Editors' ChoiceCardiovascular Disease

The Last Line of Defense Against Atherosclerosis

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Science Translational Medicine  19 Mar 2014:
Vol. 6, Issue 228, pp. 228ec51
DOI: 10.1126/scitranslmed.3008868

Atherosclerosis of the blood vessels that feed the brain, heart, and limbs is the leading cause of global morbidity and mortality. Damage to the endothelial lining of arterial blood vessels, which causes the disease, can be triggered by a variety of stressors—metabolic, immune, and oxidative—all of which are highly prevalent in patients at risk for atherosclerosis. Impaired endothelial cells can lead to a dysfunctional endothelium, influx of cholesterol, and promotion of atherosclerotic lesions. To date, cardiologists have few tools in their armamentarium to preserve this vital protective barrier function of the endothelial lining. In work by Schober et al., the authors find a new contributor to atherosclerosis that points to a potential treatment approach to preserve endothelial health.

Because deletion of the gene encoding pre-miR-126 affects vascular integrity, the authors tested the hypothesis that a pre-miR-126 derivative, miR-126-5p, contributes to vascular repair. They crossed mice lacking the pre-miR-126 gene with mice deficient in the APOE gene, which develop hyperlipidemia and atherosclerosis. The offspring showed impaired endothelial recovery after endothelial damage and increased atherosclerotic lesion size. This effect was mediated by an inhibitor of NOTCH1, Dlk1, which is a direct target of miR-126-5p.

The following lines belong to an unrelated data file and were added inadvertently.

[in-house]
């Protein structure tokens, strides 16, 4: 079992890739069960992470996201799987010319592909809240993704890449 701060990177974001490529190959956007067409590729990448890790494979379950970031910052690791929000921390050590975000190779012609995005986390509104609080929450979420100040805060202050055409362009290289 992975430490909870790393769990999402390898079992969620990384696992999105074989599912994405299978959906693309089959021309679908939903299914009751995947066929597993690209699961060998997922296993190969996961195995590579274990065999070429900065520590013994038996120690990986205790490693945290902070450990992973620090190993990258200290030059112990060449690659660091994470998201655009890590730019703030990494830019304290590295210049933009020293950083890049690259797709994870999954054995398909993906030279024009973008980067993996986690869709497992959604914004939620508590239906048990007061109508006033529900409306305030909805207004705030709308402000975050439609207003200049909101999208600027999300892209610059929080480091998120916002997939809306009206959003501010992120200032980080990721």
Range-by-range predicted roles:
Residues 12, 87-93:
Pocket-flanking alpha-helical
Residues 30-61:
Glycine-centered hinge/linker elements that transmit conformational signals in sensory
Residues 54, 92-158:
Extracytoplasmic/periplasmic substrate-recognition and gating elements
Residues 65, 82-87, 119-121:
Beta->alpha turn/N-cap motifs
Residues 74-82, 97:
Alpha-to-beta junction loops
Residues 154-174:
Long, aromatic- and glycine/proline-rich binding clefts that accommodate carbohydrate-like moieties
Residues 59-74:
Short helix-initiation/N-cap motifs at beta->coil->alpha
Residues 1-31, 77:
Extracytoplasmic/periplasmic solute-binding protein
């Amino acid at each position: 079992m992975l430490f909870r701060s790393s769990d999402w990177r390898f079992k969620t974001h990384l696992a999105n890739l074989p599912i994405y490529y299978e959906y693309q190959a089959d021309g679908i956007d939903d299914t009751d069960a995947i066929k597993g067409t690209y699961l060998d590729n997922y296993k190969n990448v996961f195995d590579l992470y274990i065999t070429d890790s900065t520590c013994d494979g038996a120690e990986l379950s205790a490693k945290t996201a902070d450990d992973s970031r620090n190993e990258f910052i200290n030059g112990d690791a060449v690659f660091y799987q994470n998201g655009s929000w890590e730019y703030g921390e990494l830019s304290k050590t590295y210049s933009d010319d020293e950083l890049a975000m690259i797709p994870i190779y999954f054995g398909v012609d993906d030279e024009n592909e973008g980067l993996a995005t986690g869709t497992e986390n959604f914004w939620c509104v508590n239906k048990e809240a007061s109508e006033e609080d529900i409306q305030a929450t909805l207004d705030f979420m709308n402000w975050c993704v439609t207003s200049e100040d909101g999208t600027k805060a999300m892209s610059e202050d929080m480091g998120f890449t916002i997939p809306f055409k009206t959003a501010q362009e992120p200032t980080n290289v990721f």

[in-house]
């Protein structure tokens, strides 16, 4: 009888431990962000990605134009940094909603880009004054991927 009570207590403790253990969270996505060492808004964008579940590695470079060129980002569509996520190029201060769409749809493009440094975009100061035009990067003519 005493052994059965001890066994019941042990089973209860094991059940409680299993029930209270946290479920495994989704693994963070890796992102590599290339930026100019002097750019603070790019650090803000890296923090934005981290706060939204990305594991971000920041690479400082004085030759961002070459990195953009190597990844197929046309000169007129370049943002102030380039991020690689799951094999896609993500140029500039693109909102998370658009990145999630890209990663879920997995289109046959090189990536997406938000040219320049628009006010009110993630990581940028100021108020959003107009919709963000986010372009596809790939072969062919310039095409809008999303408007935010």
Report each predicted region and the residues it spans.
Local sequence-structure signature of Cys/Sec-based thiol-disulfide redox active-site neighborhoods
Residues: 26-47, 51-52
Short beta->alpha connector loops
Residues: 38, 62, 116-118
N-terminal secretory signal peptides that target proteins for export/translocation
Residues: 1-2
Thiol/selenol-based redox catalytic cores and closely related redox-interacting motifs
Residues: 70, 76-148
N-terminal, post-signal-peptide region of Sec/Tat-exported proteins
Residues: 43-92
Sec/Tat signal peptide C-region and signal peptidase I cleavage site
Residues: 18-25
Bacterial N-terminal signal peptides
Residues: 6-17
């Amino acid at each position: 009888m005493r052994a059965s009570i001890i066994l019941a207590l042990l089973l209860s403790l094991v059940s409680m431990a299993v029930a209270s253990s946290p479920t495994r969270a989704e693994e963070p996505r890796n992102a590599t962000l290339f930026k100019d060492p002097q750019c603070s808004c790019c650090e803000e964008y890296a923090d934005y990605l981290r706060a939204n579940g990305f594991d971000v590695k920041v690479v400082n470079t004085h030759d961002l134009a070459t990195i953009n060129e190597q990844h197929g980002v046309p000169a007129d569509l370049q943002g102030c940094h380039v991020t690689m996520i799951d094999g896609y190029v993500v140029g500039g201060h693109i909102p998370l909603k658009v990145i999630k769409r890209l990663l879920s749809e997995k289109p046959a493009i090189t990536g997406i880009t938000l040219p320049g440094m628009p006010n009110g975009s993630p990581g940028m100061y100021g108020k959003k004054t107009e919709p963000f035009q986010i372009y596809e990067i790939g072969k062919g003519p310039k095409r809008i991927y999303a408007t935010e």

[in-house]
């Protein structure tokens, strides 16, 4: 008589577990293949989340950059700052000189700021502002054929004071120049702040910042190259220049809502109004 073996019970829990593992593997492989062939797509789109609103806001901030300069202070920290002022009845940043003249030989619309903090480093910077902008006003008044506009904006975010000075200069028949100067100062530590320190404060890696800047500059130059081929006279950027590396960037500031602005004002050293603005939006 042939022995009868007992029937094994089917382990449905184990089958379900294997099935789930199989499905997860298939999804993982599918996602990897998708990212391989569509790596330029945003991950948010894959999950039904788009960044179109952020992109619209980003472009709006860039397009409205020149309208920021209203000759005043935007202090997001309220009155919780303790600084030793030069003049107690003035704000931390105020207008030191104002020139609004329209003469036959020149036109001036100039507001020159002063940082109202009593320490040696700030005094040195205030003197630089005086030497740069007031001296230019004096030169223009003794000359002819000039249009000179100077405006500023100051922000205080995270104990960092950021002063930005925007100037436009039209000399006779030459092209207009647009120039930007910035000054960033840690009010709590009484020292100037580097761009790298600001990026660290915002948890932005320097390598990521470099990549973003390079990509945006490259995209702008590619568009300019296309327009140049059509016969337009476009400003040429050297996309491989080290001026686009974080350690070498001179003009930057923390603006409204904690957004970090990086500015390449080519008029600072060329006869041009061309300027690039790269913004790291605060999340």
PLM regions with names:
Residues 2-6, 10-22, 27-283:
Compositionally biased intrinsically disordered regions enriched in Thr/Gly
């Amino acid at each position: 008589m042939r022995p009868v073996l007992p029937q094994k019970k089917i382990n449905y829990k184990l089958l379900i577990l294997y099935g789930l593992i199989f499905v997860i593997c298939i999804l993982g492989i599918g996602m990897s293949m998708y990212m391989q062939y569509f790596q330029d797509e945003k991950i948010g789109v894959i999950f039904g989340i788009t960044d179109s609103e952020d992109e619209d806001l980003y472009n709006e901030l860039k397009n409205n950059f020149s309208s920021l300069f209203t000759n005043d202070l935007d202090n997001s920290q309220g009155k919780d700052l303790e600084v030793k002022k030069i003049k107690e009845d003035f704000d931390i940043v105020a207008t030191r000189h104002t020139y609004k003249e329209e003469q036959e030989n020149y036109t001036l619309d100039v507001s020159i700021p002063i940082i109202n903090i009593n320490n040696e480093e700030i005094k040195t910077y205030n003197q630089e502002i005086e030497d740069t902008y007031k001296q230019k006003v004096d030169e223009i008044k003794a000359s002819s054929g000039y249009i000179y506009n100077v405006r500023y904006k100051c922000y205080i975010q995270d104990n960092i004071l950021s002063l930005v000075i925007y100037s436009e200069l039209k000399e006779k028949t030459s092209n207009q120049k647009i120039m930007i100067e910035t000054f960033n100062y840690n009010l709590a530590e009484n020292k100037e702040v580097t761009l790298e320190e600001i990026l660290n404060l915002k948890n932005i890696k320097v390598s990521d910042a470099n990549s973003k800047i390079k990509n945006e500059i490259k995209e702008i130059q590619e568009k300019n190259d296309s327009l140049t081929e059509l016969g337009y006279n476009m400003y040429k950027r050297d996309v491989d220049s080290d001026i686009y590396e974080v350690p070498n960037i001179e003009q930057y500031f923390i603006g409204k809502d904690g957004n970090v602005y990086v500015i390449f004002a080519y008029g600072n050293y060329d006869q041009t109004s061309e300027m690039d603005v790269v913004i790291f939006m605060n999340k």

In ApoE-deficient mice fed a high-cholesterol diet, miR-126-5p was down-regulated at sites that are predisposed to atherosclerosis (because of turbulent blood flow), leading directly to the development of atherosclerosis through the up-regulation of Dlk. To demonstrate the translational potential of their findings, the authors treated these mice with mimics of miR-126-5p, improving endothelial cell proliferation and reducing atherosclerosis. The authors conclude that mir-126-5p protects against atherosclerosis by maintaining the health of the endothelial lining.

This proof-of-concept study in mouse models lays the foundation for new therapeutics designed around mir-126-5p in humans. Small RNA molecules can be delivered systemically (or locally on the tip of a catheter) to sites of atherosclerosis to mimic (or antagonize) the effects of the miRNA, making this approach feasible. As a consequence, doctors may have a new tool to prevent atherosclerosis.

A. Schober et al., MicroRNA-126-5p promotes endothelial proliferation and limits atherosclerosis by suppressing Dlk1. Nat. Med., published online 2 March 2014 (10.1038/nm.3487). [Full Text]

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